Organ Restoration Fund

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Please Note: Ensure you have already completed the Gift Aid Form! **

The West Organ, installed in 1959, has reached the end of its useful life.  The copper façade you see from the Nave is only the tip of the iceberg – behind it there are over 1,100 pipes and over 27 speaking stops.  Much of the organ came from other instruments that date back further to Victorian times.

The transmission (that takes electric ‘messages’ from the player at the East Organ and causes the right pipes to sound at the West) is no longer functioning and cannot be repaired as is. A new, digital system will be installed as part of the project, bringing that part of the instrument up to modern standards (no more cotton-insulated wiring!).

Beyond the transmission are the soundboards. These extremely complicated timber machines are what the pipes actually sit on.  Below each pipe is a complex system of holes that line up and channels through which wind is forced into the pipes – hopefully the right notes in the right order! These soundboards are now over 120 years old, and they were not designed for modern central heating. Warping and other issues have left them beyond repair.

The proposal is to install new soundboards, properly treated per current norms to withstand the dryness and warmth that come with central heating. These will have a lifespan of at least 120 years from now.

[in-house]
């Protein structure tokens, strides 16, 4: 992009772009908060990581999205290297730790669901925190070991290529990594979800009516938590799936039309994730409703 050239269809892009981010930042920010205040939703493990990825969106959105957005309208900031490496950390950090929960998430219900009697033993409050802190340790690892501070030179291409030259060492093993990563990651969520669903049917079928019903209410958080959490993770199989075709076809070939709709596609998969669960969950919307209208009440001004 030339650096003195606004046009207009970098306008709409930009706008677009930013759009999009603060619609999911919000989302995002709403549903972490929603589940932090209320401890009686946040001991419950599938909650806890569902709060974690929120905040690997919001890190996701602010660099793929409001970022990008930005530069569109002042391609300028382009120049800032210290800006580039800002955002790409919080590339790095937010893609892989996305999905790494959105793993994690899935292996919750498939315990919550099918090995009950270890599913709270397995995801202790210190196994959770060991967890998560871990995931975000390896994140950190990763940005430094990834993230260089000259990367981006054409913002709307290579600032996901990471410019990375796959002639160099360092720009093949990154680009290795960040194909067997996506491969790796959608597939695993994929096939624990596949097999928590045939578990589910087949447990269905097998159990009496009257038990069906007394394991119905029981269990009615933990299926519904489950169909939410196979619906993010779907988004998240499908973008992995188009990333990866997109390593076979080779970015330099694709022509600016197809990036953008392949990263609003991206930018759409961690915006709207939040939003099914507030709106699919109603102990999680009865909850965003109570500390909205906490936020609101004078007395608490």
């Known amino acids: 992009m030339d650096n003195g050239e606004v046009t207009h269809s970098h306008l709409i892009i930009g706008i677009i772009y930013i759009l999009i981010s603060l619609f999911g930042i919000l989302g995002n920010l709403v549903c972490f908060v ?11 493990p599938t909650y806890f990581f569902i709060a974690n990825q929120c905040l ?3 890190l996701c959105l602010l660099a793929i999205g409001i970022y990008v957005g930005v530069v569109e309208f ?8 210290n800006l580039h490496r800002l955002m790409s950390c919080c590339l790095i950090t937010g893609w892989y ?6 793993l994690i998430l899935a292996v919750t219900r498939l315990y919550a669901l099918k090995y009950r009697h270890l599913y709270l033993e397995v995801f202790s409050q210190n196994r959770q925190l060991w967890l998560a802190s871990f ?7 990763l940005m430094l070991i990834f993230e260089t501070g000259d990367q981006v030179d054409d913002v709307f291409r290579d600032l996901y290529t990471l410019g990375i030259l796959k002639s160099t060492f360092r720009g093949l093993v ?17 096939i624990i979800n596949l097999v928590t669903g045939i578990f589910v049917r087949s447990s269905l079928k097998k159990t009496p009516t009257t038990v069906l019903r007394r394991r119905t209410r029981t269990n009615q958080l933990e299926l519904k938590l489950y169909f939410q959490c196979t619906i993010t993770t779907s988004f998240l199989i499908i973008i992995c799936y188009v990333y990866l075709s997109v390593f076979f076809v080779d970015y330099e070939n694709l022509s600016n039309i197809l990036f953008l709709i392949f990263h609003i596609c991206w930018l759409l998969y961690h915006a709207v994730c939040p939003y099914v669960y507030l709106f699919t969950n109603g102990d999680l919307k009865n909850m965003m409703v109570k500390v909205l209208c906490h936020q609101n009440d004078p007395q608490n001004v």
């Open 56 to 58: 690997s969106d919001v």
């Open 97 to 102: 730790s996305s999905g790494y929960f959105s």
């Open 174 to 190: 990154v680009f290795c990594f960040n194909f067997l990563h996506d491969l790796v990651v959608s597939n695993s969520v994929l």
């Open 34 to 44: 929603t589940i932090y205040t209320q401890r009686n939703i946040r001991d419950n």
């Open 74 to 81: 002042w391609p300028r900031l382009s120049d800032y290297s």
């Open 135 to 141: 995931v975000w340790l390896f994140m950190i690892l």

Lastly, the pipework.  Whilst St Mildred’s West Organ has been a good instrument for the church (it’s the first organ I ever played!), we are considering acquiring some pipework from a redundant local organ built by Lewis & Co in 1906.  This pipework is of very superior quality and can be incorporated into the project without a material increase in cost.  The Lewis pipework would represent a significant upgrade.  Lewis was the builder of many very fine instruments, including Southwark Cathedral and St John’s, Upper Norwood, and in a nice bit of symmetry the first organ at St Mildred’s was also a relocated Lewis, before the Mander organ went in.  Lewis was considered absolutely one of the foremost organ builders of the day.

I invite anyone interested to contact me and I will be more than happy to discuss the plans in more detail and answer any questions.

Richard Mander, Director of Music